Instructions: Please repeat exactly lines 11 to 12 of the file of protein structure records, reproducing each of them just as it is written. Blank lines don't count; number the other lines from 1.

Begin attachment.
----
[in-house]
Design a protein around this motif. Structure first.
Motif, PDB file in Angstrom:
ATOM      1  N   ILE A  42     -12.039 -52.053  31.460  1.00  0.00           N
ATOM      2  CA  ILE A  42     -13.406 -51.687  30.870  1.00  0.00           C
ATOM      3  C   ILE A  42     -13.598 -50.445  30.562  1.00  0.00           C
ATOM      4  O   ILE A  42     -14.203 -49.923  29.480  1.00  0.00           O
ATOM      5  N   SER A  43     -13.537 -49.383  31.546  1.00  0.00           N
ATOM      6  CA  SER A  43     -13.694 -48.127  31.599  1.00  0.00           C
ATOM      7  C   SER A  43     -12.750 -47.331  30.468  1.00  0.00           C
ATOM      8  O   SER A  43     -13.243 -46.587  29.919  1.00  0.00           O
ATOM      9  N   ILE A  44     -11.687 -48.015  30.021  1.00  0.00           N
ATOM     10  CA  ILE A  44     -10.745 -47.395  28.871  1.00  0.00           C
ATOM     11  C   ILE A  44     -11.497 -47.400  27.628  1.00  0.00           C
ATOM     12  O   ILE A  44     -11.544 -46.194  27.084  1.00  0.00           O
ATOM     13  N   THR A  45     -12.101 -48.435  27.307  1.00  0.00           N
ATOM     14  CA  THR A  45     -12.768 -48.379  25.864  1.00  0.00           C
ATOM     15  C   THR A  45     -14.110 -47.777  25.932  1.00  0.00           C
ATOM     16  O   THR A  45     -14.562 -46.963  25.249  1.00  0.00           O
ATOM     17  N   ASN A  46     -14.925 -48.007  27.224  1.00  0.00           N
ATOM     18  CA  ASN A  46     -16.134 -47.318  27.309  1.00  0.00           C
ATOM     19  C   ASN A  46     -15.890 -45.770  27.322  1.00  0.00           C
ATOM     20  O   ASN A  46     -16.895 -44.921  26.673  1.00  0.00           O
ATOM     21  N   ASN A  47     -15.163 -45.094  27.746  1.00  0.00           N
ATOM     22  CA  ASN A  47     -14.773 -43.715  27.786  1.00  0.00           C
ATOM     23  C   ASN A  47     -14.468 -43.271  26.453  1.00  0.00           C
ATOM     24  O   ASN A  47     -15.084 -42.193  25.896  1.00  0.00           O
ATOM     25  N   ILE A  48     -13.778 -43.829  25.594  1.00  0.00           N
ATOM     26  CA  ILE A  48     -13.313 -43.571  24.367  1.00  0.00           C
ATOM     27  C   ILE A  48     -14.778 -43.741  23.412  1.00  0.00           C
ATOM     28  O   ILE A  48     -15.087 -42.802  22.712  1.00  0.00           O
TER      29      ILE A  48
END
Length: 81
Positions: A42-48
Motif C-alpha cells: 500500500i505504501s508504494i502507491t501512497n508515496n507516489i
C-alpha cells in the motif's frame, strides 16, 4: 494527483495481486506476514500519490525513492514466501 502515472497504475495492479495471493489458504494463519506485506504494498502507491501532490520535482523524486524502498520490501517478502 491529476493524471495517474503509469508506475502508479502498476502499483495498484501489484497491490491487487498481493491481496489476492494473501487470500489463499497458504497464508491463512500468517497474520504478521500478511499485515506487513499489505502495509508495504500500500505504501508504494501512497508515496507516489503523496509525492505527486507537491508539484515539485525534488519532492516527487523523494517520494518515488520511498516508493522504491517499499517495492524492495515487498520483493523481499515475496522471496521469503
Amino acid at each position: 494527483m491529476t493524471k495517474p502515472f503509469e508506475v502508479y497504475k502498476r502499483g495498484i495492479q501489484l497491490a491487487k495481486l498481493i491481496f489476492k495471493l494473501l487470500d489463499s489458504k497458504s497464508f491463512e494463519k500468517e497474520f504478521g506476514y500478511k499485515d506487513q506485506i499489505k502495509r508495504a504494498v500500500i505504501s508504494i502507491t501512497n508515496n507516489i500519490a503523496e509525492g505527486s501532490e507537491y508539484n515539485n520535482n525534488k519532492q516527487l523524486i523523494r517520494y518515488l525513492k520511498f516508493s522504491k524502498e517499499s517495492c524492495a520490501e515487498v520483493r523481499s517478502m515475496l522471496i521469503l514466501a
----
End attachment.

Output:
ATOM      8  O   SER A  43     -13.243 -46.587  29.919  1.00  0.00           O
ATOM      9  N   ILE A  44     -11.687 -48.015  30.021  1.00  0.00           N